Have you had any formal musical training over the years?

I took piano lessons when I was little, jazz guitar in high school, and I studied electronic music in college. But I've taught myself to play pretty much any instrument I could get my hands on: accordion, mbira, theremin, harmonica. I like the fresh perspective I get on an instrument when I know just enough to make music with it, but I don't know how it's supposed to be played.

You have been quietly making exceptional music since 2004. What keeps you writing and releasing albums even though you haven't gone quadruple platinum or been on the cover of Rolling Stone?

Making music is a compulsion for me, and I'll keep making music even when no one's writing about it. For me, it's much more important to get my music to the right people than to the most people.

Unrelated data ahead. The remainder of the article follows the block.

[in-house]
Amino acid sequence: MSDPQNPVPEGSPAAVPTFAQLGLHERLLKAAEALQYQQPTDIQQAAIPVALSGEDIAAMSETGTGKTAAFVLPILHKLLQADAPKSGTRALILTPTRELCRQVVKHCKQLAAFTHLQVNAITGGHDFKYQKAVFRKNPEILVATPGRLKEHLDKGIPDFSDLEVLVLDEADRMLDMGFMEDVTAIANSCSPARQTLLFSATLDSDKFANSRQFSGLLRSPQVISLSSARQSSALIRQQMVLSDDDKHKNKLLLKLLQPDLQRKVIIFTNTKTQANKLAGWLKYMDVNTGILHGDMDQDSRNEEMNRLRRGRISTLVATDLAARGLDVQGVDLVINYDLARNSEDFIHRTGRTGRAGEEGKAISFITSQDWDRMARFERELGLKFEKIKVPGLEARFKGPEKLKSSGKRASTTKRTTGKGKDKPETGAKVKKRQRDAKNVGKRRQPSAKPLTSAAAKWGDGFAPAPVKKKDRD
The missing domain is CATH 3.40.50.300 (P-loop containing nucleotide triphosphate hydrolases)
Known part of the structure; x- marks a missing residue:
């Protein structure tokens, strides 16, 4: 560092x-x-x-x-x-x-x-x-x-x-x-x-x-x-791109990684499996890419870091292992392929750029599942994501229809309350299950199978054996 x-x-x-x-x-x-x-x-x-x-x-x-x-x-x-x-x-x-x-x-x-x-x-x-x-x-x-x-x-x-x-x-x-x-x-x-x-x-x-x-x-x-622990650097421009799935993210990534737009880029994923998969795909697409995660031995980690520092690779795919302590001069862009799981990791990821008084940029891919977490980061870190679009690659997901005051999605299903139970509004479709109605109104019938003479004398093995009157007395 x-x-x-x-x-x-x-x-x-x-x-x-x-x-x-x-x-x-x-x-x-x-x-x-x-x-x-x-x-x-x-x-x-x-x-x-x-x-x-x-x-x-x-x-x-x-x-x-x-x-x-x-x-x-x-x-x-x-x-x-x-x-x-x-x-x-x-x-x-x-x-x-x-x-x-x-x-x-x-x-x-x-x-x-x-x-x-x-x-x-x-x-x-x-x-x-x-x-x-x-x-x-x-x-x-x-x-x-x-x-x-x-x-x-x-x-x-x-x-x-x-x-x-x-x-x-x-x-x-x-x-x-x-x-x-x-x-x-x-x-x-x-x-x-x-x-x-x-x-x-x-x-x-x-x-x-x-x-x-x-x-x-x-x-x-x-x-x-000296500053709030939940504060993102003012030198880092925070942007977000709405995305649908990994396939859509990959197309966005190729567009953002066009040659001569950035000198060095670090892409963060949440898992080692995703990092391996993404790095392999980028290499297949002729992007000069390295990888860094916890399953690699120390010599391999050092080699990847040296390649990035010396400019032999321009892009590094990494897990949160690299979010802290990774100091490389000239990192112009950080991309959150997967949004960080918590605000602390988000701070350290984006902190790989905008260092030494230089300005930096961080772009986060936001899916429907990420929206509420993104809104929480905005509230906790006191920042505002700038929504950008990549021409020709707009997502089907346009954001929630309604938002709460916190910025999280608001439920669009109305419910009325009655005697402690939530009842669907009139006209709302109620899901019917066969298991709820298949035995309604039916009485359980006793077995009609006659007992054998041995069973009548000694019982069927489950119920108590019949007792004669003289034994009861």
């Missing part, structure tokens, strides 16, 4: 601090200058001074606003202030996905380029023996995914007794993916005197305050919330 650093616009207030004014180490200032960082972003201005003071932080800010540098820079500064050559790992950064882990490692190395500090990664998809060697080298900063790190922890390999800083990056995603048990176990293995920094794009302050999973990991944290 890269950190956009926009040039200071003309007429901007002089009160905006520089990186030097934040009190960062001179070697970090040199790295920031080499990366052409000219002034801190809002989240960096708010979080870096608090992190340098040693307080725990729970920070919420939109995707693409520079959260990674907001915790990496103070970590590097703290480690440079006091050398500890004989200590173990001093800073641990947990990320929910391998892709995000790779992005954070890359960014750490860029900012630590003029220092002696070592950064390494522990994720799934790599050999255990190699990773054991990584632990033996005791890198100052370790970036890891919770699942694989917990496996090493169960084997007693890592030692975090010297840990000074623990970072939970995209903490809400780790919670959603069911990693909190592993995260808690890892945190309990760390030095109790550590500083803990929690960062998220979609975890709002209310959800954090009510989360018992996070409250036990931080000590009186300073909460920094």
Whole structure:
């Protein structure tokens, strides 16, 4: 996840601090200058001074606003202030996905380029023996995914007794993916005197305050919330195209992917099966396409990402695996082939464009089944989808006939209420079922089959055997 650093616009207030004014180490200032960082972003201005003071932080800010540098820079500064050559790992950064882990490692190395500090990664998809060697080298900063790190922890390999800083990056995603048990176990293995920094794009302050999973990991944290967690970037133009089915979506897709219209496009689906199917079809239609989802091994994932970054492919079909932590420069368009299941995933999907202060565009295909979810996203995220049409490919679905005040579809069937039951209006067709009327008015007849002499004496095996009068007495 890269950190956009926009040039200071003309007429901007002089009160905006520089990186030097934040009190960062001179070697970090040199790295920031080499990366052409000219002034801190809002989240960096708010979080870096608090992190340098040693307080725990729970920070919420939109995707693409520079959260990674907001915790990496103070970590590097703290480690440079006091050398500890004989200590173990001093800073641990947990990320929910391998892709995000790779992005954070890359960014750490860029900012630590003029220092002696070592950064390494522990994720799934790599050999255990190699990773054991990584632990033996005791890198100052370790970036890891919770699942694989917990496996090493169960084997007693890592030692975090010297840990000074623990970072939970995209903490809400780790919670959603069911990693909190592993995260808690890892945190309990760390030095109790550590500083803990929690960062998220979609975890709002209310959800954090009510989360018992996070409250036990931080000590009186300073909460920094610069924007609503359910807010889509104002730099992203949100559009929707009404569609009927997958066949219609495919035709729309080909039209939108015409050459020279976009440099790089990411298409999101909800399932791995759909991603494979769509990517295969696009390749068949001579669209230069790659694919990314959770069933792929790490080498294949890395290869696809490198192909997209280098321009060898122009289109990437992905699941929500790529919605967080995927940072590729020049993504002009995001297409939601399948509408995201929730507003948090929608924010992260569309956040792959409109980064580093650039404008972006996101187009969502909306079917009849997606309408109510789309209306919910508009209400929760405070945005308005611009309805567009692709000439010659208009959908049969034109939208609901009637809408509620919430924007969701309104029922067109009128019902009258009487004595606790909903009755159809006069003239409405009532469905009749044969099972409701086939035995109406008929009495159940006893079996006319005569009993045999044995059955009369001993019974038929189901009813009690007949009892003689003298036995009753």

Many young sound producers are ultimately drawn to whatever music form is hot at the moment - whether that may be techno, dance mash-ups, electronic hip-hop beat production, or whatever. What initially drew you to start crafting music in the style that you do, since it doesn't really meet any specific criteria?

I've always been a big fan of musicians that put the production and the sound of the music first, regardless of genre. So for me, I never really gave much thought to the genre of music I create, except that I make instrumental music, which necessarily draws more attention to the sound and the production than does vocal music. But beyond that, the style of music I make is my speaking voice in music. I don't sit down to decide beforehand what something is going to sound like - I just start to speak and this music comes out.

From square one, how do you go about putting together any given track? What kind of gear do you use to help you complete that process? You mention electronics, organic instruments, and household sounds...